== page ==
Catholic Diocese of Spokane, Washington



From the

Official News Magazine of the Diocese of Spokane

Deacon Eric Meisfjord, Editor
P.O. Box 48, Spokane WA 99210
(509) 358-7340; FAX: (509) 358-7302


August Initiation Ministry workshop will focus on RCIA process

by Mitch Finley, Inland Register staff

(From the July 30, 2009 edition of the Inland Register)

On Friday and Saturday, Aug. 28 and 29, a team member from the North American Forum on the Catechumenate will lead a workshop on initiation ministry at Spokane’s Immaculate Heart Retreat Center.

Carmelite Father Ron Oakham (left) will present “Up From the Waters: Formation for Initiation Ministry,” designed to aid all parish catechists, but especially those who work with their parish RCIA (Rite of Christian Initiation of Adults) programs.

Father Oakham is pastor of St. Cyril of Alexandria Parish in Tucson, Ariz. In addition to extensive parish ministry experience, he is the author of a book, One at the Table: The Reception of Baptized Christians, plus various articles published in the periodical Catechumenate: A Journal of Christian Initiation.

Father Oakham previously was Associate Director of Institutes for the North American Forum on the Catechumenate, and Archdiocesan Director of the Catechumenate for the Archdiocese of Newark, N.J.

“All catechesis should be inspired by the formation process” of RCIA, he said, so although the Spokane workshop will focus on the church’s process of initiation of adults, “persons involved with catechetical programs for children, teens, and/or adults could benefit from this experience.”

The workshop, Father Oakham said, “will include various formats of adult learning: input by the presenter, periods of personal reflection, small group sharing, and ritual prayer.”

Today, the Church intends catechesis for adults to be an apprenticeship, Father Okham said, “a learning about the Catholic Christian life while living it.” Child-centered catechesis, on the other hand, “is focused on preparing children to live as Catholic Christians.” For adults, catechesis is “more about formation in faith than instruction as they prepare to celebrate the Sacraments of Initiation (Baptism, Confirmation and Eucharist). At the same time, it is not to ignore instruction, but to be sure that the instruction is associated with what they are experiencing in their faith journey.”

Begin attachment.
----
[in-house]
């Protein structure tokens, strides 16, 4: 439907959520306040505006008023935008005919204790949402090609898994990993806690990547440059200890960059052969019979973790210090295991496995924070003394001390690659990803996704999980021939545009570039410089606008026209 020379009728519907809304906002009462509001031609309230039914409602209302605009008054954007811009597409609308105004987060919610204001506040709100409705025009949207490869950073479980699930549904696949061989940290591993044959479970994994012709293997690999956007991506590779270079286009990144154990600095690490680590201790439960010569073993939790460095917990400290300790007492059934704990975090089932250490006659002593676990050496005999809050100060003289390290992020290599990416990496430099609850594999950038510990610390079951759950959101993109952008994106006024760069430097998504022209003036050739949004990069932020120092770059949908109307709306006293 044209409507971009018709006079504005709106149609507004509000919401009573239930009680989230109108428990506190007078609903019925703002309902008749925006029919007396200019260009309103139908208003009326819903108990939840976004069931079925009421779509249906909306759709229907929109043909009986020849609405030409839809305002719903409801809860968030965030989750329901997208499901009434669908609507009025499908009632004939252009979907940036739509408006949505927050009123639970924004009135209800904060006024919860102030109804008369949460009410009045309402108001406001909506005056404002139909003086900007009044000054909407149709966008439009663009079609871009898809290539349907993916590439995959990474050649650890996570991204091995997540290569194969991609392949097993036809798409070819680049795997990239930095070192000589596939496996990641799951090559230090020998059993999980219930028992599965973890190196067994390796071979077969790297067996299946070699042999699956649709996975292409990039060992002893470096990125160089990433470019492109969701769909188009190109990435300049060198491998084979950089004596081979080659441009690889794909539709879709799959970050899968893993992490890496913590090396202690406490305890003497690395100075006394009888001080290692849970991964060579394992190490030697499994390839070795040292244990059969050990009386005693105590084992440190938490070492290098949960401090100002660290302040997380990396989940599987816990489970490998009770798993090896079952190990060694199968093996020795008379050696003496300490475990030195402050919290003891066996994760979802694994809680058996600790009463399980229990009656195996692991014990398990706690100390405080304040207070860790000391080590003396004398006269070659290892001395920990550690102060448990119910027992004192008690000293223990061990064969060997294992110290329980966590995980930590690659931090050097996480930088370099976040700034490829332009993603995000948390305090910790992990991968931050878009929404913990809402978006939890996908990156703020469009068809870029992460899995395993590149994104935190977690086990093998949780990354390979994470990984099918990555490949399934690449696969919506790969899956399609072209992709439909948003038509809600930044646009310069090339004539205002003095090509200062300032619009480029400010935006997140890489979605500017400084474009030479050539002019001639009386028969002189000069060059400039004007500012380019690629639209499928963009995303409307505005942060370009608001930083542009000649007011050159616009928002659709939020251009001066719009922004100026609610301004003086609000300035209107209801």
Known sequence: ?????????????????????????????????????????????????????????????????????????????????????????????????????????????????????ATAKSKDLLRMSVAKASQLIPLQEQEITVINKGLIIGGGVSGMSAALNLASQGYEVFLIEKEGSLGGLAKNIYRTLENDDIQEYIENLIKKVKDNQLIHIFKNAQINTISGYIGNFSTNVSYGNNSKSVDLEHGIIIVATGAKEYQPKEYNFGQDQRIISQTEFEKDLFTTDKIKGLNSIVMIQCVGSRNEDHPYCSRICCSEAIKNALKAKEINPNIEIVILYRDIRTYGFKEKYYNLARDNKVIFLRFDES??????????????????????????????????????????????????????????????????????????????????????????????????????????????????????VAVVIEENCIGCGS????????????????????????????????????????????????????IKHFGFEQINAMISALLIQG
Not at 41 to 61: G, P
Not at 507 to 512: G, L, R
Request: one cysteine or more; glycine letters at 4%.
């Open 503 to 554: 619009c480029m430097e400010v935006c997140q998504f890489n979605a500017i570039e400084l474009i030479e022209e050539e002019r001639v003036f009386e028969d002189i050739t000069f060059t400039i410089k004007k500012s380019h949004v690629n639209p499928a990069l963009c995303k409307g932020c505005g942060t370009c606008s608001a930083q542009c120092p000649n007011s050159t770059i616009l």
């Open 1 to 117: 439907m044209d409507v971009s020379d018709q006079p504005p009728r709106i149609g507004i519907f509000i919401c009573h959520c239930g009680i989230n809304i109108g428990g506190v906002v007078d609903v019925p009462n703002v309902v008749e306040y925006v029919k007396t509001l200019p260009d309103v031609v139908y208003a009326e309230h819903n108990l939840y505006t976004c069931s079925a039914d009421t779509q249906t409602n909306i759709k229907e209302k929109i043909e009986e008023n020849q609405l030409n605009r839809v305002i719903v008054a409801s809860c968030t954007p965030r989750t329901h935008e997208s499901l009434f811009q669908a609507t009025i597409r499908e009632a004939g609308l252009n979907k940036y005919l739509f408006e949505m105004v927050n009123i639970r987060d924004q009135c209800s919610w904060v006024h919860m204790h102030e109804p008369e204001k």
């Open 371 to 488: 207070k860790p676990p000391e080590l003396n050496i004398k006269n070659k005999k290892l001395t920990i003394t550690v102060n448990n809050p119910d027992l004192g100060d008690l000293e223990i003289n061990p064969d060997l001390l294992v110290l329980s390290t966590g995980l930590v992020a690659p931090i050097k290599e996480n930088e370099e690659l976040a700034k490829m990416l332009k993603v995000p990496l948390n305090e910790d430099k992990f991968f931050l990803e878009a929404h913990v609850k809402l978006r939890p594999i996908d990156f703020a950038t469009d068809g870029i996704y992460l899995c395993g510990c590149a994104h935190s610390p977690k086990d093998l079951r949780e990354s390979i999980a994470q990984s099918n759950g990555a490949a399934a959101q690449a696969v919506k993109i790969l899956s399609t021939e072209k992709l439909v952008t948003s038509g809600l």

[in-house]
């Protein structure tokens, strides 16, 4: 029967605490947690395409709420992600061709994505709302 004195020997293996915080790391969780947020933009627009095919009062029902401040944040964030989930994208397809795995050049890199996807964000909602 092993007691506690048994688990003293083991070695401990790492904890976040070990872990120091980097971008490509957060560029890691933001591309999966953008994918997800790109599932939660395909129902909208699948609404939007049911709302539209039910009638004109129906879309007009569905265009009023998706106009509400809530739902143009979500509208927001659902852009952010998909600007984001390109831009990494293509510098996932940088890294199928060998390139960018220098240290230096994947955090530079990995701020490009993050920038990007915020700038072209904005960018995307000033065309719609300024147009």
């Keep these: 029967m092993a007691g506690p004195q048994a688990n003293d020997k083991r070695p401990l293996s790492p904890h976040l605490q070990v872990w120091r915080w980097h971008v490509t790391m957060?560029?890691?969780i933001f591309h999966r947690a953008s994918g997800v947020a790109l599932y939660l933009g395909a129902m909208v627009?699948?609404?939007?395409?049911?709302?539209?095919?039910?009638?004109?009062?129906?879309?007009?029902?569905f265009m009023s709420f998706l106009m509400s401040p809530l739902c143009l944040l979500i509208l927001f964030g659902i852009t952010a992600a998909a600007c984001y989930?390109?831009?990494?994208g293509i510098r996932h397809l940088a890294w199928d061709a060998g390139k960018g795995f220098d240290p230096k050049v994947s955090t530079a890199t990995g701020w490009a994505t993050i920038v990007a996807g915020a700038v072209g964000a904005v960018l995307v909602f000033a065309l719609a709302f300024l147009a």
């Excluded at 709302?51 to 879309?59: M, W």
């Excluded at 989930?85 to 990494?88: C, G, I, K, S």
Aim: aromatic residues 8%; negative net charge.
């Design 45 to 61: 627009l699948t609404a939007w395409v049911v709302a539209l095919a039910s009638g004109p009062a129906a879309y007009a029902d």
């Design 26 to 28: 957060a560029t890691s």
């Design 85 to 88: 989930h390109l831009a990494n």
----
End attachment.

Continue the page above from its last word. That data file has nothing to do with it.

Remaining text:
Father Oakham described today’s adult catechesis as “Lectionary-based.” Its starting point is “the Sunday Liturgy of the Word and the selections of Scripture found in the Lectionary.” From there, “we pass on the teachings, doctrines, precepts and traditions of the church which flow from our church’s understanding of these passages and which will enhance the participants’ understanding of the Catholic Christian life as they live it today.”

Many middle-aged and older Catholics remember when, for adults, becoming Catholic meant “taking instructions,” typically from a priest, in a series of one-on-one meetings.

RCIA functions differently. The concept is not new. “It flourished in the early centuries of the Christian community’s life when being Christian was not supported by the civic society.,” he said. “During the centuries when Christianity and society were very much in union, an extended process was not needed. (Then) in the 1940s and 1950s, missionaries in Africa recognized the need for a more holistic process of initiation than that which was being used in ‘Christianized’ countries. They appealed to the Vatican to be permitted to use a renewed form of the ancient church’s catechumenal process. Implementing this format for initiation brought great success in building up the Body of Christ, the Church, Africa.”

The Second Vatican Council, in the mid-1960s, saw the success of this restoration in Africa, as well as the beginnings of secularization in the so-called “developed” countries, where support structures for a Christian way of life were no longer prominent. So the Council, Father Oakham said, “called for the restoration of the catechumenate for the whole church. This catechetical-liturgical process seeks to form the whole person for living as a Christian in a secular society.”

(For more information, or to register for Father Oakham’s workshop, call Immaculate Heart Retreat Center, (509) 448-1224. The cost is $100 for a commuter with meals; $150 for overnight with meals; or $200 for two nights with meals and an extra breakfast. Information is also available on IHRC’s web site: http://ihrc.net)


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